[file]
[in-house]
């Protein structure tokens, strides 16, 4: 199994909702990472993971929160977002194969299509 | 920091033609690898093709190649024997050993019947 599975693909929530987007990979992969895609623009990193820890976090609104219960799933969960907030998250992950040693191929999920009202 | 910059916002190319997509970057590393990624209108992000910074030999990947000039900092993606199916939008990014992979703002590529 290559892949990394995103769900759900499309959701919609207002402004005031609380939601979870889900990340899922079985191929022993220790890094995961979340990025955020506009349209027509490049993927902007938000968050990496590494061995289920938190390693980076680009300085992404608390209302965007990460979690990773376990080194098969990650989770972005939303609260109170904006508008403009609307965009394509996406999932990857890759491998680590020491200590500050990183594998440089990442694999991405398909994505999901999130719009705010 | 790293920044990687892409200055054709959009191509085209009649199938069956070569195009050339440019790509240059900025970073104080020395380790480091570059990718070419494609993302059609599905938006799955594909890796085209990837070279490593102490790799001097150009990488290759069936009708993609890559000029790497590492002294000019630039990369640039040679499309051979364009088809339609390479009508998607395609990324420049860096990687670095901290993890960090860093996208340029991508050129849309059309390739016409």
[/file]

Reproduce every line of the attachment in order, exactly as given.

[in-house]
């Protein structure tokens, strides 16, 4: 199994909702990472993971929160977002194969299509 | 920091033609690898093709190649024997050993019947 599975693909929530987007990979992969895609623009990193820890976090609104219960799933969960907030998250992950040693191929999920009202 | 910059916002190319997509970057590393990624209108992000910074030999990947000039900092993606199916939008990014992979703002590529 290559892949990394995103769900759900499309959701919609207002402004005031609380939601979870889900990340899922079985191929022993220790890094995961979340990025955020506009349209027509490049993927902007938000968050990496590494061995289920938190390693980076680009300085992404608390209302965007990460979690990773376990080194098969990650989770972005939303609260109170904006508008403009609307965009394509996406999932990857890759491998680590020491200590500050990183594998440089990442694999991405398909994505999901999130719009705010 | 790293920044990687892409200055054709959009191509085209009649199938069956070569195009050339440019790509240059900025970073104080020395380790480091570059990718070419494609993302059609599905938006799955594909890796085209990837070279490593102490790799001097150009990488290759069936009708993609890559000029790497590492002294000019630039990369640039040679499309051979364009088809339609390479009508998607395609990324420049860096990687670095901290993890960090860093996208340029991508050129849309059309390739016409």